After former FBI deputy director Andrew McCabe was fired Friday, the chain of command was very clearly articulated by defenders of President Trump. This was not Trump’s doing, they insisted, instead pointing to the internal FBI process that resulted in a recommendation to Attorney General Jeff Sessions for McCabe’s ouster.
Sessions’s statement about the decision was not terribly subtle. “After an extensive and fair investigation and according to Department of Justice procedure,” it began, “the Department’s Office of the Inspector General (OIG) provided its report on allegations of misconduct by Andrew McCabe to the FBI’s Office of Professional Responsibility (OPR). The FBI’s OPR then reviewed the report and underlying documents and issued a disciplinary proposal recommending the dismissal of Mr. McCabe.”
Sure, the decision was ultimately Sessions’s, and sure, Sessions has been under pressure from Trump for months, including in tweets, to take a hard line on McCabe. Oh: And sure, McCabe’s termination was timed to block him from receiving his full retirement pension, a punitive measure that Trump specifically advocated on social media. Trump, we are assured, had nothing to do with this firing at all.
Without seeing the inspector general’s report or the review by the OPR, it’s hard to judge the fact of McCabe’s firing. In the absence of those documents, it’s also hard to assume that there was no overlay of presidential politics on Sessions’s decision.
Especially when you consider that Trump appears not to have directly fired anybody since he has been president.
Trump firing people is a central part of why he’s president. That was the entire point of his TV show: He was a savvy, tough business guy who fired people. Two dozen times on the campaign trail, he evoked his catchphrase from TV as an argument for his candidacy. (Five days before the election: “If I were Hillary [Clinton], I would fire [campaign chairman John] Podesta so fast. … He must be a bad guy, I don’t know, but to say the things he said about her, she should look at him, say, ‘Podesta, you’re fired!’ “)
As president? Nah. An administration official told New York magazine’s Olivia Nuzzi in June: “He’s a conflict-avoider. He hates firing people.”
Let’s consider his record specifically. There have been dozens of people who’ve left the White House or his administration since he became president. Most of them resigned — some under pressure and some of their own volition.
There have been about a dozen who were just straight-up fired. And none of those people, it appears, were informed of their terminations by Trump.
In chronological order:
- Deputy attorney general Sally Yates. Fired by Trump assistant Johnny DeStefano over email in January 2017.
- U.S. attorney Preet Bharara. Fired by Yates’s replacement, Dana Boente, by phone in March 2017.
- FBI director James B. Comey. A letter from Trump to Comey was delivered to FBI headquarters in May — but Comey was in California. Comey learned he was fired from news broadcasts.
- National Security Council director Rich Higgins. Fired by national security adviser H.R. McMaster’s deputy Ricky Waddell in July.
- National Security Council senior director Derek Harvey. Fired by McMaster in July.
- Communications director Anthony Scaramucci. Fired by Chief of Staff John F. Kelly in person in July.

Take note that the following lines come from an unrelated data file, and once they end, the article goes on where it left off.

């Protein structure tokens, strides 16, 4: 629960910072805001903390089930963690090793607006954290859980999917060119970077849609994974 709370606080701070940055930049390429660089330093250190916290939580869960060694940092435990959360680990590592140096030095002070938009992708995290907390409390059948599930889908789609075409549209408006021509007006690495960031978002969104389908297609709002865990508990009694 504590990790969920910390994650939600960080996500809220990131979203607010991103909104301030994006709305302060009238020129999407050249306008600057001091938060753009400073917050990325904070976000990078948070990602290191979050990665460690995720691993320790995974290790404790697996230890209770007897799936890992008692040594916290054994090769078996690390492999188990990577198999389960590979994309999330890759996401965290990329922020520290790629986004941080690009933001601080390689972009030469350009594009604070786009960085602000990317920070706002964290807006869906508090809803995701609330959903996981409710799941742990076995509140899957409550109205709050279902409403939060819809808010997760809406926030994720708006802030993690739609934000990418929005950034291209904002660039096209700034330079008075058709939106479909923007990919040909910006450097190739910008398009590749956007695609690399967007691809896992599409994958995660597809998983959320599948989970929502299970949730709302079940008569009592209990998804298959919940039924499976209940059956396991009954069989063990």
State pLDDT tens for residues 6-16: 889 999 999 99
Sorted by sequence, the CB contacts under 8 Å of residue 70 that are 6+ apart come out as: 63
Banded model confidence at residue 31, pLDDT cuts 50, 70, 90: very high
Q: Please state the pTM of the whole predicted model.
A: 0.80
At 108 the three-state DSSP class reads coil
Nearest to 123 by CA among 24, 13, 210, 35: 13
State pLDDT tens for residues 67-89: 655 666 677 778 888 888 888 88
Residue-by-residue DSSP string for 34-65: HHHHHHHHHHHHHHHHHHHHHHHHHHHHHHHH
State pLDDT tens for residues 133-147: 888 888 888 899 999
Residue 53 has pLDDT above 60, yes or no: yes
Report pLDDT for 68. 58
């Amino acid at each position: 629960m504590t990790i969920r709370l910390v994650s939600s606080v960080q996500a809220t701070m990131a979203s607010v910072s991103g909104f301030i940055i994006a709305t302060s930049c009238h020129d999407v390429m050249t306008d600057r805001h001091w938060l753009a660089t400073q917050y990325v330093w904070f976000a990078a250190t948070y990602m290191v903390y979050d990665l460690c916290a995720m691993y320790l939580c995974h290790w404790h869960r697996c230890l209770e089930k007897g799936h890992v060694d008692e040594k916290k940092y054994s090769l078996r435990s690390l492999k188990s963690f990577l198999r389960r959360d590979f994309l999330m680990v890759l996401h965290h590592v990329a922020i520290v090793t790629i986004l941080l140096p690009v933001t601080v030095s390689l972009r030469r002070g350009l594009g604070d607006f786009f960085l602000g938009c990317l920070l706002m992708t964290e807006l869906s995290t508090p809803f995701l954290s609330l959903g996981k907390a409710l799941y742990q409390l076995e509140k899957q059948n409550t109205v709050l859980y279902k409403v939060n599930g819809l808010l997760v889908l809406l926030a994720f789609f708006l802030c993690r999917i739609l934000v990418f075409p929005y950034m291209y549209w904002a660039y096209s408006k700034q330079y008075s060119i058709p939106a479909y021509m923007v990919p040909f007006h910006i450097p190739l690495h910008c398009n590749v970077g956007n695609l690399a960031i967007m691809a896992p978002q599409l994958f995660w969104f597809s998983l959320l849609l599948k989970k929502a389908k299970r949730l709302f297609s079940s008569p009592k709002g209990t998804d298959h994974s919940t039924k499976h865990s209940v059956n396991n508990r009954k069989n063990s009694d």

- Office of the Public Liaison communications director Omarosa Manigault. Fired by Kelly in December.
- Personal assistant John McEntee. It’s not clear who fired McEntee last week, but it’s likely that Kelly informed him of his termination.
- Secretary of state Rex Tillerson. Tillerson was told in a phone call with Kelly that Trump might tweet about him; Tillerson apparently learned about the firing itself when that tweet was published last week.
- Tillerson spokesman Steve Goldstein. Fired shortly after Tillerson — by whom, it’s not clear — for contradicting the White House’s statement on Tillerson’s ouster.
- McCabe. McCabe told CNN that he learned he was fired from news reports.
Well, sure, you may be thinking. The guy’s president. It’s not his job to personally fire everyone. Kelly fired all of those people because he’s chief of staff, and that’s part of his job.
The point, though, is that the line between the firings that Trump authorizes and the firings he demands and the firings that have nothing to do with him is very blurry. Kelly’s phone call to Tillerson was at Trump’s behest, and had Kelly informed Tillerson that he was fired in a phone call, there would be no question about who actually called for the termination.
McCabe’s firing depended on the process at the FBI, certainly, though the timing was up to Sessions. But even that process is not as clear-cut as it may seem. Consider Rob Porter, the former staff secretary for Trump, who resigned when it became known that he didn’t get security clearance because of abuse allegations from his former wives. Trump could have decided to grant Porter permanent clearance anyway and kept him in his job. The process wasn’t determinative — clearly, since Porter (and many others) remained in their positions despite having failed to get clearance approval.
As averse as Trump may be to personally firing people, he is not at all shy about suggesting that people should be fired. That’s the conundrum for those who want to argue that the McCabe firing had nothing to do with Trump’s political will: McCabe’s firing looks like other terminations for which Trump was clearly responsible, including Tillerson’s and Comey’s.
Put another way, Trump has made it very difficult for the default position to be that he wasn’t involved in the decision to fire McCabe on Friday.